— A Distorted Perception (@ChewieTheDogg) November 23, 2021
— McWeho (@mcweho) November 23, 2021
It must be exhausting to try this hard to out-think science. https://t.co/71KryI93ij
— John Gans (@johngansjr) November 23, 2021
“Covid is like sexual abuse. It’s best to just ignore it or cover it up.”
— Tentin Z Quarantino (@TentinQuaranti4) November 23, 2021
People like @Jim_Jordan are exactly why there needs to be mask requirements. Thanks for helping make the point, Jim 🙂
— Jim’sJunkBox (@JamesIsaak2) November 23, 2021
No doubt he wrestled with what he should do in terms of disclosing to those with whom he came in close contact.
— Bruce Barnes (@BruceBa89953536) November 23, 2021
He doesn’t tell reporters about his medical history but now he’s giving up his medical history…what he means is he didn’t tell anyone when it occurred because of the scrutiny but he’s willing to tell us how amazing his immunity system is now.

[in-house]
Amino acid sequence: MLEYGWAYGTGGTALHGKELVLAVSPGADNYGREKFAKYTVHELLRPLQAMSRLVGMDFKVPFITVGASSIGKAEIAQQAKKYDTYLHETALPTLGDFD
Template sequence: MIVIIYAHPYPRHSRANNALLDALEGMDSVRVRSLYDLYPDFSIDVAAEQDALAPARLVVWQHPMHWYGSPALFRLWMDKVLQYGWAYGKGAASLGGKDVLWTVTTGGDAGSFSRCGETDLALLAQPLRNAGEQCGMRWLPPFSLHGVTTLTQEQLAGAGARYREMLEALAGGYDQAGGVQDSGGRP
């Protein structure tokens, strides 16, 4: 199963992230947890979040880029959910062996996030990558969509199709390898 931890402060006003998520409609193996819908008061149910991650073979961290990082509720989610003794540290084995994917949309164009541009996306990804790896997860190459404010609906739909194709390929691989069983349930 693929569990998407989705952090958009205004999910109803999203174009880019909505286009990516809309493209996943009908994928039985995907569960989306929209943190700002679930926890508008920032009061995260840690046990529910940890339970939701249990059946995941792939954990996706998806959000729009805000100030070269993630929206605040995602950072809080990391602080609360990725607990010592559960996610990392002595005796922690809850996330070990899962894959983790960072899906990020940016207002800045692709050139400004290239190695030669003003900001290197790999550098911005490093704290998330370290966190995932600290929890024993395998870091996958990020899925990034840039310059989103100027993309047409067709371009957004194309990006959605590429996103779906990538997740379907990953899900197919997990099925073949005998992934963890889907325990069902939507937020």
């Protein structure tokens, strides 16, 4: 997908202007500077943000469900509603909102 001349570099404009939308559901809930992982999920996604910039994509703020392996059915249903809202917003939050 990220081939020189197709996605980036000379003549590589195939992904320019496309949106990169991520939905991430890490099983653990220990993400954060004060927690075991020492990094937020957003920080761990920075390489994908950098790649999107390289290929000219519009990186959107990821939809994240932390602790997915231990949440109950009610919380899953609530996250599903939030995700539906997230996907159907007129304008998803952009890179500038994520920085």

— SKOLfromSeattle (@SKOLfromSeattle) November 23, 2021
So, Jim Jordan spent all summer railing against mask and vaccine mandates, while he was sick with Covid?
— MoreSkyPlease (@Moreskyplease) November 23, 2021
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Second Most-Powerful Senate Republican Says Bill to Fight Domestic Terrorism After Buffalo Is Too ‘Partisan’ to Pass
Senate Republican Minority Whip John Thune of South Dakota immediately poured cold water on a just-passed House bill to help fight rising domestic terrorism, in the wake of his past weekend’s massacre of ten Black people in Buffalo by a self-avowed white nationalist and antisemite and a California church shooting deemed a “politically motivated hate incident” by local law enforcement.
The House bill passed with all Democrats and just one Republican voting for it. 203 Republicans voted against the legislation that would establish new offices across three federal agencies to help identify and combat domestic terrorism. Three of the Republicans who voted against the legislation are original co-sponsors of the bill, and many who voted for a very similar bill two years ago voted against this bill Wednesday. The final tally was 222-203.